In 1991 my world changed. It was 4:30 in the morning and the woods were still totally dark. My father had gone off to his deer stand and I was sitting still, waiting for the first glimmerings of light to filter through the trees. My rifle was cradled in my left arm with my right thumb on the safety, “just in case.” I lost myself in thought to distract myself from the cold. Suddenly a loud crack punctuated the silence. It wasn’t a soft noise like the falling of leaves or the creaking of wood with the change of temperature. It was the sound of a large piece of wood breaking as if under the hoof of a heavy animal. What happened next would amaze me for years to come.
The forest changed! Over the next 10 seconds all the sounds in the forest grew loud. I could hear the rustling of small animals in the leaves many yards away. What was once a silent forest became a symphony of blended sound. It was as if someone was turning up the volume knobs in my ears. My pounding heart formed a loud back-beat to the other noises. It might be a deer! Could he see me? Was he aware that I was there? But then another thought took center-stage. This is what Ye. N. Sokolov was talking about when he wrote his masterpiece in 1963: Perception and the Conditioned Reflex. The text had been required reading in one of my undergraduate courses at Columbia. I remembered Sokolov describing how novelty triggers dopaminergic activation of the cortex and how afferent collaterals either amplify or inhibit sensory tracts coming into the brain. I wondered if that was happening inside my own head. Were those pre-amplifiers working on my own auditory tracts? As my amazement grew stronger the thought of a deer diminished. What was going on was far more interesting than bagging some dumb animal.
I never found out what made the loud cracking sound in the forest. No deer was present when the morning sunlight finally illuminated my surroundings. What I do know is that morning’s experience changed the way that I perceived human nature and how we interact with the world. When I think back on that moment I’m now aware that there was more than one change that took place. There were two! The most obvious change was the alerting function as my senses grew sharper. That increased cortical activation is a well known component of the orienting response. However, the second change was even more subtle. It had to do with my motivational state. I had started out that morning in a play state. Hunting “game” is a form of masculine recreation. When I became fascinated with my internal alerting response then I had changed away from that state. My primary motivation had become exploratory instead of play. My interest in the hunt had faded.
If these esoteric motivational changes were limited to recreational behavior then this whole discussion would be an intellectual indulgence. But the reality is more serious. Nearly half of all marriages end in divorce. Nearly all of those marriages start with the partners “in love.” By the time of the divorce, love is nowhere to be found. Why the shift? What’s going on?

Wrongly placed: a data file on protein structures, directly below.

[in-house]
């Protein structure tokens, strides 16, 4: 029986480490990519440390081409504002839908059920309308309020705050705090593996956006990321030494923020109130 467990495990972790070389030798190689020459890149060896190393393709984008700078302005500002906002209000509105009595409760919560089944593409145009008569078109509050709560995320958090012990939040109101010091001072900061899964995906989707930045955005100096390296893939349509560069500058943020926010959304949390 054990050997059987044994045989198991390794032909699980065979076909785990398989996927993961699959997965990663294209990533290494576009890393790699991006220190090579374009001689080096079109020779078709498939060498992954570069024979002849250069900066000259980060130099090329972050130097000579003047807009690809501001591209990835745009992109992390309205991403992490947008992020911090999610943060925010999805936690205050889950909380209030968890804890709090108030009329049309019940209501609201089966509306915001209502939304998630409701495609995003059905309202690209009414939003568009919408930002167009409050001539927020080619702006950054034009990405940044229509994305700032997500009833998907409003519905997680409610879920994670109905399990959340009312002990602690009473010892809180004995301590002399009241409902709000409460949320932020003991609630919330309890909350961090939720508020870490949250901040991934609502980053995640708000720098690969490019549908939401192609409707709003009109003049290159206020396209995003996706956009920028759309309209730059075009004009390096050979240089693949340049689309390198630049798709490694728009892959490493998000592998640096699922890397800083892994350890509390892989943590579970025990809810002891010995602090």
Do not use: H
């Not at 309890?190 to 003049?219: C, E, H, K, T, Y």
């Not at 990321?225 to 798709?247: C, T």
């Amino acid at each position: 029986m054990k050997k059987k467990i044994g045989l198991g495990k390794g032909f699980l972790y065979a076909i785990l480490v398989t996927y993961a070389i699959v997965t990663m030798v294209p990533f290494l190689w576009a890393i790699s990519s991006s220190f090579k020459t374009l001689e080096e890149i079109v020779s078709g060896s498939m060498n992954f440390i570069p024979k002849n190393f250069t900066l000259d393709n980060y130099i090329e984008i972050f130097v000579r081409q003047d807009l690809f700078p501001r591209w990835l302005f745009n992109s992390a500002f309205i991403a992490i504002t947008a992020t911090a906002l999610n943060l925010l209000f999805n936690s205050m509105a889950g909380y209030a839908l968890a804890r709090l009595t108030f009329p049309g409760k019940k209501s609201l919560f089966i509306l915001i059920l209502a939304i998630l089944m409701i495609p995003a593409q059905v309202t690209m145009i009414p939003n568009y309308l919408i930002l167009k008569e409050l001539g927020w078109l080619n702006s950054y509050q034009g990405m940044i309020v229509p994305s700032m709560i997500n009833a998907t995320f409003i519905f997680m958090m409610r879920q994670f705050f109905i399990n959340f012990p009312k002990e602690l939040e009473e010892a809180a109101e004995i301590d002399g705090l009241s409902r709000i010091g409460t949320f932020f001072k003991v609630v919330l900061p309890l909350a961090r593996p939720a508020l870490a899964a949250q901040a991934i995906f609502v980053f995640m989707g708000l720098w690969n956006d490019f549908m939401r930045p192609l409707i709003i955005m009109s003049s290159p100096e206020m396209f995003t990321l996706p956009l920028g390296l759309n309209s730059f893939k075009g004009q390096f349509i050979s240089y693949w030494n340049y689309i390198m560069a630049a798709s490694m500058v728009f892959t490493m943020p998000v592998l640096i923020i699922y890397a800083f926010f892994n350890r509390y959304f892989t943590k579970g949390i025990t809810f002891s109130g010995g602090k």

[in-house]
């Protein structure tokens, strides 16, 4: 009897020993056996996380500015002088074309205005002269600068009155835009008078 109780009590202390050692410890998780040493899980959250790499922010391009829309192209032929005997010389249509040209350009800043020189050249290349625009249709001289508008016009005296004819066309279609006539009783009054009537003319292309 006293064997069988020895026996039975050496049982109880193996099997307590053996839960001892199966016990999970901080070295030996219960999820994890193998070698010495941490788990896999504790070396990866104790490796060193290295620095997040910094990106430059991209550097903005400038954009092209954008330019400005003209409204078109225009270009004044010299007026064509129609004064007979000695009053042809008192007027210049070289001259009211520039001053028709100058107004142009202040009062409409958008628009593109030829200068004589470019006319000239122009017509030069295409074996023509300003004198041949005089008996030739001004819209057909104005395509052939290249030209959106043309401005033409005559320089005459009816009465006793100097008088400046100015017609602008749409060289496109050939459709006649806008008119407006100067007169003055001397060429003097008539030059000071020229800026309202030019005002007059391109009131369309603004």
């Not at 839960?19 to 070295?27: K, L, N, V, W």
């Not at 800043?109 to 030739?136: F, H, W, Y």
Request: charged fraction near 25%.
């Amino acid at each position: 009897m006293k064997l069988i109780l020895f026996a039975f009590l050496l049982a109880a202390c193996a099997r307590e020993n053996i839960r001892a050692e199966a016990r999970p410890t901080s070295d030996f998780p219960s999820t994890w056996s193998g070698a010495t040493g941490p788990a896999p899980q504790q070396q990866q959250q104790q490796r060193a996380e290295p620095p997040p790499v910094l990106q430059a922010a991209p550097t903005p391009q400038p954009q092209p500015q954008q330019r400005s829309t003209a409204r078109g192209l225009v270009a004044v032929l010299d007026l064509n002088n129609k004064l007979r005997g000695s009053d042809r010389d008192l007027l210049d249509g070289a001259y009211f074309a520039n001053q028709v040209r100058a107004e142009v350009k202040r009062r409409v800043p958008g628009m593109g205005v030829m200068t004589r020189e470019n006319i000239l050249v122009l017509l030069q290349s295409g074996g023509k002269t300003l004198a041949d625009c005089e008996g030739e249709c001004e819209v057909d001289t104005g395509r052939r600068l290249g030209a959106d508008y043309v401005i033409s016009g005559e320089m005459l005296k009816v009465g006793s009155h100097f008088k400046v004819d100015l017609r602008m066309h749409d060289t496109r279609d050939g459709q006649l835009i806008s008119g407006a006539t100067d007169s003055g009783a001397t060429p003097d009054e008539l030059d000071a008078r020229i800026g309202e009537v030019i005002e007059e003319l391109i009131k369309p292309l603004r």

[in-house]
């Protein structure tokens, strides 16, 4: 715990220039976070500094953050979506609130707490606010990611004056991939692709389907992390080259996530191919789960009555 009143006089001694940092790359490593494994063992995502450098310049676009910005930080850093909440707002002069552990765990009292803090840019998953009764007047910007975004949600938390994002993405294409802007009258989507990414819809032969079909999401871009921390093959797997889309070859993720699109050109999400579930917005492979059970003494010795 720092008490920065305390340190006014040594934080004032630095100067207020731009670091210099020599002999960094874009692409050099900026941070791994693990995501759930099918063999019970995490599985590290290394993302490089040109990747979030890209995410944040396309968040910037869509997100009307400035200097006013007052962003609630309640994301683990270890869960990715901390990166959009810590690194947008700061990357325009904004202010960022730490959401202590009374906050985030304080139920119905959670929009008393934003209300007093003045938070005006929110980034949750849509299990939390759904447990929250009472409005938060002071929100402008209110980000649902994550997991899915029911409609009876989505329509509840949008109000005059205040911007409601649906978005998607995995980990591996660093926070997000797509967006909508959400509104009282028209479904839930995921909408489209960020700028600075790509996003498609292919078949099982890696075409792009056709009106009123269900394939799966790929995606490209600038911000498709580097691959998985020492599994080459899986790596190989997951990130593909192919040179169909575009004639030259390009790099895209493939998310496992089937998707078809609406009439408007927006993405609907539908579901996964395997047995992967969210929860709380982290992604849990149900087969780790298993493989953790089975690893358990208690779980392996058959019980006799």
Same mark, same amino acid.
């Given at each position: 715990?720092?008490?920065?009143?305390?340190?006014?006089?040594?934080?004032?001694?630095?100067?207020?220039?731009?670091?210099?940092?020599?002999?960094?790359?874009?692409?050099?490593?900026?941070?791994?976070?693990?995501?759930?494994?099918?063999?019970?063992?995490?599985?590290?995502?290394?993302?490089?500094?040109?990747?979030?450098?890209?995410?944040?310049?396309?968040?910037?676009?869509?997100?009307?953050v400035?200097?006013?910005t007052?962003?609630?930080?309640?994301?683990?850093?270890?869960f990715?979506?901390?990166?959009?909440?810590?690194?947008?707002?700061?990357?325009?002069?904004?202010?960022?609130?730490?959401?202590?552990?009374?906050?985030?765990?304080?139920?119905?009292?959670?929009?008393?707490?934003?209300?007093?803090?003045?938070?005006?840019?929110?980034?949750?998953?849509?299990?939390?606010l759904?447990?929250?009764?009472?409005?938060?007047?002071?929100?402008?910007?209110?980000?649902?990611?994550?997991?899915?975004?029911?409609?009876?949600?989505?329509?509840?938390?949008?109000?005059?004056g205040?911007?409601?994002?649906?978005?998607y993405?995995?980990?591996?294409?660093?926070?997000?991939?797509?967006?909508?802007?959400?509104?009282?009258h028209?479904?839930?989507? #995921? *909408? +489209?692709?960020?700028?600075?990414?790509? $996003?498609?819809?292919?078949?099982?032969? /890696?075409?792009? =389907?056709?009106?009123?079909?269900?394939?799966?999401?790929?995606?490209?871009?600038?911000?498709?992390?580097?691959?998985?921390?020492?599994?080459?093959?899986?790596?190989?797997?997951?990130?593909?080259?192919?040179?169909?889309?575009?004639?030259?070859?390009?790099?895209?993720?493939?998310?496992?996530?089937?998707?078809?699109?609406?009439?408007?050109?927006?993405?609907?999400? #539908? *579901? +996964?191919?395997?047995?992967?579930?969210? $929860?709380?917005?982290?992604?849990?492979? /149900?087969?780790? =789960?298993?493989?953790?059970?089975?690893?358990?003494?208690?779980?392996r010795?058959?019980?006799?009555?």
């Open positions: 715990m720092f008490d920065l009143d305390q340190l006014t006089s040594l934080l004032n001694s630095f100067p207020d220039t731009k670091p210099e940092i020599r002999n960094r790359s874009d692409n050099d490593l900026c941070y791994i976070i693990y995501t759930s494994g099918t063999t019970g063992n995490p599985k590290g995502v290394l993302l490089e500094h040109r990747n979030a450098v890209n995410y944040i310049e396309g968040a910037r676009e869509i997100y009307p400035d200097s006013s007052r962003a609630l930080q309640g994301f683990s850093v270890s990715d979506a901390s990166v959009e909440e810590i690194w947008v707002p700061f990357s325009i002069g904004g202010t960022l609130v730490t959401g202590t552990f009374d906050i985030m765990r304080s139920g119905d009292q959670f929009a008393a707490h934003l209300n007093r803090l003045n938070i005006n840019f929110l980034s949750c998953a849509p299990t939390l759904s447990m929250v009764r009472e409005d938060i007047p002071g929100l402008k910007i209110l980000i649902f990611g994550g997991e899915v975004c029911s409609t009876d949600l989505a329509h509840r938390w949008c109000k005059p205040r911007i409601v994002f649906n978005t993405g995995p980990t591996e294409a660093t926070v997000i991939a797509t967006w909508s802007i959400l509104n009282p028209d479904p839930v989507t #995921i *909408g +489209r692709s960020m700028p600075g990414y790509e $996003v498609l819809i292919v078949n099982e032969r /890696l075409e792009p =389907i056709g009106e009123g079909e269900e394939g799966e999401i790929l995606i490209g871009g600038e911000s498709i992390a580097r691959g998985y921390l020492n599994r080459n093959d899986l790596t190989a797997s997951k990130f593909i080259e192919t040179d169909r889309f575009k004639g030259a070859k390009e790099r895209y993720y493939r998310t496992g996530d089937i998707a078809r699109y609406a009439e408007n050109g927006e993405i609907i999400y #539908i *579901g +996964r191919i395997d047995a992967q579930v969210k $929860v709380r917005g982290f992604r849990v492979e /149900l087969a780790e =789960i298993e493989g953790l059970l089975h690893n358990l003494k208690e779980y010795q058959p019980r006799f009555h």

I recently attended an introductory workshop on Somatic Experiencing therapy for trauma. For me it was a disturbing experience. It disturbed me because the presenter illustrated a model for our defensive systems that I just couldn’t buy. He explained how novelty comes into the system and then spurs one of 4 possible responses: startle response, fight/flight response, freeze response or social-engagement. He was clearly focused on the 4 possible responses but that’s not what disturbed me. What didn’t compute was that I frequently use novelty to facilitate therapy. I consider it my ally to stimulate learning, not a negative force in therapy. Yet here the presenter was describing these 4 defensive reactions to novelty.
It took me several weeks to work it out. But they were productive weeks. The cognitive dissonance from that Somatic Experiencing workshop had prompted me to clarify my own model of how the mind works. The presenter had been right about the 4 defensive reactions. He was even right about how novelty can provoke those reactions. In fact his whole model was mostly accurate as far as it went. The problem was that it didn’t go far enough. It wasn’t complete. Something was missing.
Most of us in the behavioral sciences had started our careers learning about behaviorism. Simply put, we learned that conditioned responses to stimuli could be represented as:
S → R
More recently, the evolving field of neuroscience has emphasized how the organism’s state will influence how the organism responds. The contemporary model is now often expressed as:
S → O → R
The Somatic Experiencing presenter had been using that SOR model to describe how novelty can provoke different forms of defensiveness. But novelty can also stimulate effective learning. To solve this contradiction I had to reflect back on the studies by the soviet researchers Luria and Vinogradova. In 1959 these Moscow scientists were able to show that the same stimulus would provoke either a defensive reflex or an orienting reflex depending on the prevalent context being mapped in the brain. In other words, reflexes don’t just occur to stimuli. They occur to stimuli in the context of a mental representation of the world. Change the context and you get a different reflex to the same stimulus. This reveals why the SOR model is inadequate and why I was so disturbed with the presenter’s model.
A more viable model really needs to start with the “antecedent state.” In other words, one needs to know which action system is dominant in the organism BEFORE the stimulus. I like to describe this antecedent state as a combination of context and motivation. In her brilliant book Trauma and the Body, Pat Ogden lists different motivational action systems: attachment, play, fight/flight, exploratory and social-engagement. These motivational action systems are useful for describing different antecedent states. They also help explain why novelty can be toxic to a patient in a defensive (fight/flight) state versus beneficial to another patient in an exploratory state. If we incorporate the idea of antecedent state into the SOR model the we might represent it as follows:
O →S → O’ → R
The revised model starts with an antecedent state that reacts to a stimulus that produces a revised context/state in the person or organism. Research in the mid 1980’s on the EEG P300 indicated that this context revision occurs very quickly at around 300 milliseconds. If we apply the model to a person who starts off in an exploratory state, the person will likely respond to novelty with heightened excitement and pleasure. It’s fun to learn something new. If we start with a person in a defensive state, then novelty signals potential danger and the person reacts with one of the 4 defensive responses. It makes sense, except that the model still isn’t accurate. It’s linear and we’re more interactive than this. A more accurate model would be as follows:
(O x S) → O’ → R